Grace Jones

Warm Leatherette (Reissue)

It’s difficult to imagine now how much of a mindfuck Warm Leatherette was when it landed in 1980. Grace Jones was best known up to that point as a disco singer, having recorded three albums with Philly sound legend Tom Moulton, as well as as a Jamaican model based in Paris. Taking a song by Daniel Miller’s The Normal as title track, or recording a dubby version of Joy Division’s ‘She’s Lost Control’, would surely have caused cognitive dissonance in alternative music listeners, who might have hitherto imagined her internationalism being out of reach.

Portfolio and Fame were fine records, as was Muse, though the latter suffered from the insurgent and casually racist (and homophobic) Disco Sucks movement on its release in 1979. In her autobiography I’ll Never Write My Memoirs she said that disco was “as much an assault on the corniness and narrow-mindedness of rock as punk. Where it ended up was the fault of the white, straight music business, which drained it of all its blackness and gayness, its rawness and volatility, its original contagious, transgressive abandon.”

If Jones’ singing career looked over, then a superb trilogy isn’t a terrible innings. Fortunately she, and Island Records honcho Chris Blackwell, had other ideas. With Alex Sadkin co-producing with Blackwell, Grace set to work with Sly Dunbar and Robbie Shakespeare on what would eventually become known as the ‘Compass Point’ trilogy, named after the studio situated opposite a shack selling conch fritters in Nassau; Warm Leatherette was recorded there, followed by the immaculate Nightclubbing in 1981, and Living My Life the following year. Grace Jones would find her true voice during these sessions, figuratively and literally. Despite having become an urbanite in New York and then Paris, she still had the Williams’ Blood. Indeed one of the ways she discovers her attitude is by rediscovering her congenital patois, imbuing an authenticity to her new direction that has become a hallmark of the Grace Jones we know today.

“What I like about my voice is that it really cannot be duplicated,” said Jones herself to NME at the time. “No one else could do a song like Grace Jones, the way no one else could do a song like Billie Holiday,” concurred Barry (White) Reynolds, her guitarist through the Compass Point Allstars years.

Gone were the showtunes and the high notes, in came smart song choices and deep, semi-spoken articulation, savvy and androgynously sexy. Everything suddenly fell into place, with Jones’ authoritative voice melding perfectly with the assembled session musicians, who were incidentally put together for this project and then went on to play together for years. Grace’s image came together too, with the help of graphic designer boyfriend, Jean Paul Goude. The whole transformation was startling, and all for the right reasons.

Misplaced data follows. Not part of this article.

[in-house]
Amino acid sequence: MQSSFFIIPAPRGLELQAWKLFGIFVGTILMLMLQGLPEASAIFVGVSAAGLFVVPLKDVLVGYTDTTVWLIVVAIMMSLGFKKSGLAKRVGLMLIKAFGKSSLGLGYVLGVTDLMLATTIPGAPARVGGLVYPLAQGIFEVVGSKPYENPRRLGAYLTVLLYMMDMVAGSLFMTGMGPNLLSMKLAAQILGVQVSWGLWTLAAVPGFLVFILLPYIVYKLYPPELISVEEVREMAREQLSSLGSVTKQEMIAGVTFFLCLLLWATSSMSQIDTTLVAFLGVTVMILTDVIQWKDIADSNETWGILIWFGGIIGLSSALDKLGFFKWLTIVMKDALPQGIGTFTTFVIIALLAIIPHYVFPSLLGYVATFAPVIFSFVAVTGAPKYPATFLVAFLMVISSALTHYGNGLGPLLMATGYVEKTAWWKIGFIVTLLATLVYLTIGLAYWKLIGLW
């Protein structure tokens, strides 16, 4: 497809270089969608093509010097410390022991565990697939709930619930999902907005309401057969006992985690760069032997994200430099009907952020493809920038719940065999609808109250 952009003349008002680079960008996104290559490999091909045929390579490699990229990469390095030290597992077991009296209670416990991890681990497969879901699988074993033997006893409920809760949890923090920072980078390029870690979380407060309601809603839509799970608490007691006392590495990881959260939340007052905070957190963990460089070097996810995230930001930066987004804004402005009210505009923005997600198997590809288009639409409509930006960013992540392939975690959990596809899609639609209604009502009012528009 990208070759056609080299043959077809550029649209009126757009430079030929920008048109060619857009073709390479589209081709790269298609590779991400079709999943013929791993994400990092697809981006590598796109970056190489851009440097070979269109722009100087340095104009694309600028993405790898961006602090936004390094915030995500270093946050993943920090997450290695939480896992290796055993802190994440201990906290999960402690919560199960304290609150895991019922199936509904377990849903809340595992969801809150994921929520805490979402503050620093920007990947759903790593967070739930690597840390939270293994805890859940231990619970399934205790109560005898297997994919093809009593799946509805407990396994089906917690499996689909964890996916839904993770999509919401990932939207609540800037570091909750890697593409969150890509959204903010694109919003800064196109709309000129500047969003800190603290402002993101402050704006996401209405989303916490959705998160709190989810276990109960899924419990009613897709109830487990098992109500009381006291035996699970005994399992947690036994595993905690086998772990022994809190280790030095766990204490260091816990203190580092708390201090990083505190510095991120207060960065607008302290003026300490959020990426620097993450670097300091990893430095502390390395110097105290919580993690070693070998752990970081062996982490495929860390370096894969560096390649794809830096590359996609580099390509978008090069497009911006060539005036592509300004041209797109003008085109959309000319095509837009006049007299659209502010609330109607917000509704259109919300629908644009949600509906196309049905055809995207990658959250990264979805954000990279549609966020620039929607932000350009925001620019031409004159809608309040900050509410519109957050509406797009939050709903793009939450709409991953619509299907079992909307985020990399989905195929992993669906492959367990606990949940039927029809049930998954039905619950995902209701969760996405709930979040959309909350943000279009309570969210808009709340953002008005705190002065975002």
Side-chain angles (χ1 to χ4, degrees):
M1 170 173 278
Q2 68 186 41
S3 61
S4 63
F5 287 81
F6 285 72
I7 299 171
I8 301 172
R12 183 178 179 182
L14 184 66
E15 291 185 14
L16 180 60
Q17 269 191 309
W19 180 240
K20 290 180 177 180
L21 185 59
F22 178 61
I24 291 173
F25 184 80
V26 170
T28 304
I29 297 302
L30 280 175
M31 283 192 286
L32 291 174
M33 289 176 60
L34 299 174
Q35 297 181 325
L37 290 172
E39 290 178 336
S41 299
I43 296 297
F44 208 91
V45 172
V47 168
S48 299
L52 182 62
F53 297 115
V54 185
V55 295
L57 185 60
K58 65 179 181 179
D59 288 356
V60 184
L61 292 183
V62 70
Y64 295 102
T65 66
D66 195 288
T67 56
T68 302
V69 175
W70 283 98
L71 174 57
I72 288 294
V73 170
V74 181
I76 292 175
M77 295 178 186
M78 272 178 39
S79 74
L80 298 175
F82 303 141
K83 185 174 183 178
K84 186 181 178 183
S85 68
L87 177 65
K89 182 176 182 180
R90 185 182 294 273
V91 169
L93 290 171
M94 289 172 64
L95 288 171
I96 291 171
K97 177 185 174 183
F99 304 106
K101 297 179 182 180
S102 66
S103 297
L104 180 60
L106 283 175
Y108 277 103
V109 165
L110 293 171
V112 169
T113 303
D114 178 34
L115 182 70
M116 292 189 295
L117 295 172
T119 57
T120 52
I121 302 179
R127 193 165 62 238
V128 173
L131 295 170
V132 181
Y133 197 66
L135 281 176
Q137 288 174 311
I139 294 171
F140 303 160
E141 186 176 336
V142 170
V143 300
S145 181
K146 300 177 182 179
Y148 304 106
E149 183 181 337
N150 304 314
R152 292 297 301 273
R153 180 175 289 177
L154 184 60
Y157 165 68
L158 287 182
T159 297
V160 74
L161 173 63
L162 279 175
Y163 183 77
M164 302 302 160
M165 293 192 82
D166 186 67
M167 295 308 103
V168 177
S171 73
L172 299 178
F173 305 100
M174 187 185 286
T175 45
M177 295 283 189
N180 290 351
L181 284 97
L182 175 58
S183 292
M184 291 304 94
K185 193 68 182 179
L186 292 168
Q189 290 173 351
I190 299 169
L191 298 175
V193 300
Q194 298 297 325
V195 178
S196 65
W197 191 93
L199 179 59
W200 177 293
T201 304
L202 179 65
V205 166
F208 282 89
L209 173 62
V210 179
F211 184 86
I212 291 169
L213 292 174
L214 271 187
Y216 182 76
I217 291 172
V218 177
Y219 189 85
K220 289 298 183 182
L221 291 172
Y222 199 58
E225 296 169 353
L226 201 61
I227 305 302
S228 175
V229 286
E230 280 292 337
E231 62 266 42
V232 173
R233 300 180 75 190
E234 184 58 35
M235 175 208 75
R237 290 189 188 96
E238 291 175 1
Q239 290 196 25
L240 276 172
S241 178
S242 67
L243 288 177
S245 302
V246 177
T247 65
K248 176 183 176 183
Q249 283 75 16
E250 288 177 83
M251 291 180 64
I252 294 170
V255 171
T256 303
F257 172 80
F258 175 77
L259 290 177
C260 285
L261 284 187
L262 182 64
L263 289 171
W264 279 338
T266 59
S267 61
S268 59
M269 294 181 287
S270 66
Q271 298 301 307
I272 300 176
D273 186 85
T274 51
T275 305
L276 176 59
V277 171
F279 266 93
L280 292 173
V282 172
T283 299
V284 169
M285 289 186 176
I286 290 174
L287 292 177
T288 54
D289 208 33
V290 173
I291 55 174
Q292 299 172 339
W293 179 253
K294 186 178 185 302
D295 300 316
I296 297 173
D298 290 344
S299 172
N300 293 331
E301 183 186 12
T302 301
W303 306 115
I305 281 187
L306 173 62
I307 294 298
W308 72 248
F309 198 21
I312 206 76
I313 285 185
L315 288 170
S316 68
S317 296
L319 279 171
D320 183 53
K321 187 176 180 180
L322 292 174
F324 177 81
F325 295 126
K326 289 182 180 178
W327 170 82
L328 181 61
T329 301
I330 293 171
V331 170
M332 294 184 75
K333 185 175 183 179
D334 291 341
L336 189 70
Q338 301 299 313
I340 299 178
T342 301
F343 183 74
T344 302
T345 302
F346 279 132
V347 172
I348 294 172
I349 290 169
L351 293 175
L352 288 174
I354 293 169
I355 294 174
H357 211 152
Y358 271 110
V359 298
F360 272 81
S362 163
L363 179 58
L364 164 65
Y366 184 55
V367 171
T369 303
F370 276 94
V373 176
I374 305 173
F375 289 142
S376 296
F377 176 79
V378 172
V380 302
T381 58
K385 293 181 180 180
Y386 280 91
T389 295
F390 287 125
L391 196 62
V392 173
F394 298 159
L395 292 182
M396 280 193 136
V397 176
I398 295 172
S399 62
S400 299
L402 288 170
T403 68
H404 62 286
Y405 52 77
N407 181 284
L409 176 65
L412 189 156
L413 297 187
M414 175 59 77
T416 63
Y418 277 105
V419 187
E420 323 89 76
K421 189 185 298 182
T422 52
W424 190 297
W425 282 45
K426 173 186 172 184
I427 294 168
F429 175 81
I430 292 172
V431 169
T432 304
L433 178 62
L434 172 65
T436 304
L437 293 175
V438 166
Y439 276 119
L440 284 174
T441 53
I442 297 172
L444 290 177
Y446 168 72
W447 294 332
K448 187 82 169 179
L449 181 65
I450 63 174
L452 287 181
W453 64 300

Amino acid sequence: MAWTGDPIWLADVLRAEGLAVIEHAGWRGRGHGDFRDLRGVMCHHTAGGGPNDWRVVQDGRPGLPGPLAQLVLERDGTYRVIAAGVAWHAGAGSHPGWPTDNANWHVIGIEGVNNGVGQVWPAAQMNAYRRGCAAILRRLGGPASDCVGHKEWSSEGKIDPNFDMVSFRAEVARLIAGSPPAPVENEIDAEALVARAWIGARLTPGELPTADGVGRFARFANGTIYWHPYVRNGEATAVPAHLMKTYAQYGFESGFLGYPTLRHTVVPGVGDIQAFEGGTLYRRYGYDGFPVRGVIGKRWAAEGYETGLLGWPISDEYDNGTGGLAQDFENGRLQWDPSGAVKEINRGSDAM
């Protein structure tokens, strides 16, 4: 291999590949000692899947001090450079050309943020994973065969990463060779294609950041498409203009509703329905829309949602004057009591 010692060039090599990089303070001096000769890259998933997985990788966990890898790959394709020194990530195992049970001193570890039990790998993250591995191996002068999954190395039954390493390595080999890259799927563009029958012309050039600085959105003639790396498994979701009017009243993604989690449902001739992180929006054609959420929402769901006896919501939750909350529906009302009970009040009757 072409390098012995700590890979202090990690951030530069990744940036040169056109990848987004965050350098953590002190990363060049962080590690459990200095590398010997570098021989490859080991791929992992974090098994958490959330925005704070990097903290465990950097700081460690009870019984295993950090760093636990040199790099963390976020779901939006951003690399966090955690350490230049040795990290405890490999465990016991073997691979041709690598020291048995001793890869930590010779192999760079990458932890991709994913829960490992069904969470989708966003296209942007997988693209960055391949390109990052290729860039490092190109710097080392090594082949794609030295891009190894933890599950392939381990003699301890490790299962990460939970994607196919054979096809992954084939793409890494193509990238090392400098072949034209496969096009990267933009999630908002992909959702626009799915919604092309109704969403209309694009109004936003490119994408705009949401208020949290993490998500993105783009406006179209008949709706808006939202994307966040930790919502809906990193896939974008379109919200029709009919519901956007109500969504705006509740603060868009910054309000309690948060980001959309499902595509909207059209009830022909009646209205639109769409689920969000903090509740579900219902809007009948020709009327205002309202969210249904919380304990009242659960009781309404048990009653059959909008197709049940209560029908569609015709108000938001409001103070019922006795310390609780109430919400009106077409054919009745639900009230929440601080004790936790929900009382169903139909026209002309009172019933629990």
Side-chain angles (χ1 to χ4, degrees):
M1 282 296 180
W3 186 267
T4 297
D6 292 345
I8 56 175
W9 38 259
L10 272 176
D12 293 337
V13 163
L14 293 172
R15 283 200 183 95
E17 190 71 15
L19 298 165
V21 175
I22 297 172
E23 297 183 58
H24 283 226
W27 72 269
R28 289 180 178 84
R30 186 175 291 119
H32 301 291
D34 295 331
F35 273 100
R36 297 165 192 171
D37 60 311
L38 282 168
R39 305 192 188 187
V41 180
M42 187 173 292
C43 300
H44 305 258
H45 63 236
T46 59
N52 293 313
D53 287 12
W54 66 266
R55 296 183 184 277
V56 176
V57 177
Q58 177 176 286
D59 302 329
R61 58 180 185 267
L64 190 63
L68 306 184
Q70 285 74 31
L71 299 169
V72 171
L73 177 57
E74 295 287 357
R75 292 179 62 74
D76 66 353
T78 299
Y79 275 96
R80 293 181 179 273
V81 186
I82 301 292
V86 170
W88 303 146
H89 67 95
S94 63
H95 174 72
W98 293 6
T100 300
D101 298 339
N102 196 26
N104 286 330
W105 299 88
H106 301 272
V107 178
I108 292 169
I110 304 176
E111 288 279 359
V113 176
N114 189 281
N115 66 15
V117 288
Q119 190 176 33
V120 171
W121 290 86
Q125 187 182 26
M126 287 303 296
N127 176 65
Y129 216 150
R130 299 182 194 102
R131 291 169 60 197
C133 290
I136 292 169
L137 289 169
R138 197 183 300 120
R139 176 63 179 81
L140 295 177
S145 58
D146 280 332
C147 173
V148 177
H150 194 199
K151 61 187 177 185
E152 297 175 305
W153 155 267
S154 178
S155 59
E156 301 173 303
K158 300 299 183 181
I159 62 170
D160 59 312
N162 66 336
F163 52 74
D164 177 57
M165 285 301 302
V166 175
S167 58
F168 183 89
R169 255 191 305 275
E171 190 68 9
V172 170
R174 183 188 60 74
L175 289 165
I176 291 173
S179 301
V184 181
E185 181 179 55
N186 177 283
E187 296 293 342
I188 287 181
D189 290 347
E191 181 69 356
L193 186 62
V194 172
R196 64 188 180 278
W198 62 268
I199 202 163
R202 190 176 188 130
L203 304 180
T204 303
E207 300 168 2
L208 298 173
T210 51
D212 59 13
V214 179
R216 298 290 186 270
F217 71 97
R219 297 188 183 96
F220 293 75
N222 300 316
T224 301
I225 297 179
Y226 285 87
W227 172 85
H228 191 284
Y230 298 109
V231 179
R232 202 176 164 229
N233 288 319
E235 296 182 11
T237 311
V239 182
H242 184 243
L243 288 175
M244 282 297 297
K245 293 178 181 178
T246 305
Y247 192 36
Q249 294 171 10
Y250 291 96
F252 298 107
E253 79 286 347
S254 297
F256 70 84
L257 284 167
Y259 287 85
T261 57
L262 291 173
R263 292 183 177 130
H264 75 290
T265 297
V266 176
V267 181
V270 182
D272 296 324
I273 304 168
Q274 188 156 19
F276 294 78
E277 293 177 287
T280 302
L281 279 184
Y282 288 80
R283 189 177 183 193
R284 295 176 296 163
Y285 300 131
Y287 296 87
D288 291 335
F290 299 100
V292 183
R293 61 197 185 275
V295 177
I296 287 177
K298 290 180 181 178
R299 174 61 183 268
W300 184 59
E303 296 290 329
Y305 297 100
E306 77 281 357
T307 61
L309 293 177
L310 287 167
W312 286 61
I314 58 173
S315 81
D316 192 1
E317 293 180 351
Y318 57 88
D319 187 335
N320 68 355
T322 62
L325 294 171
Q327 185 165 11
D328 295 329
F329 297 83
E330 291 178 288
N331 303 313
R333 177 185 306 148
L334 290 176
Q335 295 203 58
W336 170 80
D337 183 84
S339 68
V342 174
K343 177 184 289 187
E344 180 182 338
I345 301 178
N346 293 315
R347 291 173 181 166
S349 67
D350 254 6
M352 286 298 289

Spread over four LPs, this Warm Leatherette box set is an exhaustive compilation that thankfully doesn’t dip in quality for the wealth of what’s on offer. For any Grace Jones fans this is as definitive as it gets, though it will take some serious powers of discernment to differentiate between LP one and LP two, perhaps for some added kick on the title track. In actual fact the difference, after checking the sleeve, is the omission of ‘Bullshit’ on the second album to allow all the other tracks to run for a minute or so longer. If you’re a fan of ‘Private Life’ then rejoice, for there are six different incarnations here, including the single version, the 12” single remix, the dub version and the long version.

But perhaps most exciting of all is the inclusion of the aforementioned ‘She’s Lost Control’ – the b-side of ‘Private Life’ – in three different formats. Grace brings menace to a track written by Ian Curtis about a girl he knew from the Department of Disability Services in Manchester who had a seizure and died. The song appeared in the studio at the end of the recording process; “we cut it really just to wind up the session,” said Jones in 1980. Although she knew nothing about Joy Division, she threw herself into the process with abandon, losing control herself and admitting she actually frightened herself.

One hopes Nightclubbing – this album’s successor and one of the greatest LPs ever made – will get a similarly thoroughgoing edition in the near future. To savour boundless takes of ‘Walking In The Rain’ and ‘I’ve Seen That Face Before (Libertango)’ is a tantilising prospect. But in the meantime there’s still plenty to rewind and luxuriate in here, and remember the finesse of Nightclubbing never would have occurred without this almighty mindfuck preceding it.

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